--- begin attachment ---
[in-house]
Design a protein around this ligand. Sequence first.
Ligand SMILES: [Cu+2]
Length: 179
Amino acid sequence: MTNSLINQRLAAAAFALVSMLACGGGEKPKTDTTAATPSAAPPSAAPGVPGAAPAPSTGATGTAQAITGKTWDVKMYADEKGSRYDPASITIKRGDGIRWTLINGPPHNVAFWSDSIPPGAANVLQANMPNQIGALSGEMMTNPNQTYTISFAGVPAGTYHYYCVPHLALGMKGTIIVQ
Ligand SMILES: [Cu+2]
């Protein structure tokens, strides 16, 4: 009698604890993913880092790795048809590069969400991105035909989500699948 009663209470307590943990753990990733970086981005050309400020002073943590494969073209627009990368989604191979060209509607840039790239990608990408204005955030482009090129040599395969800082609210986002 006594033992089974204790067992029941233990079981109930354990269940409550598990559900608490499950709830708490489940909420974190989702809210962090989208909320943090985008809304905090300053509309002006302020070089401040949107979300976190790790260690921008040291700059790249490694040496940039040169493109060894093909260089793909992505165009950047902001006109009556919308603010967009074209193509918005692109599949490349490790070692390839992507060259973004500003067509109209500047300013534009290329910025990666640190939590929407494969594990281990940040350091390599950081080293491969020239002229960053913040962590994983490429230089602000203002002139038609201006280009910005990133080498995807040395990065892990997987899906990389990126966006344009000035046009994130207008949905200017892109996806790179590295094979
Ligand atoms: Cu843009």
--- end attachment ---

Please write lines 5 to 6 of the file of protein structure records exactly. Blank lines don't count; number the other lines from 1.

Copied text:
Amino acid sequence: MTNSLINQRLAAAAFALVSMLACGGGEKPKTDTTAATPSAAPPSAAPGVPGAAPAPSTGATGTAQAITGKTWDVKMYADEKGSRYDPASITIKRGDGIRWTLINGPPHNVAFWSDSIPPGAANVLQANMPNQIGALSGEMMTNPNQTYTISFAGVPAGTYHYYCVPHLALGMKGTIIVQ
Ligand SMILES: [Cu+2]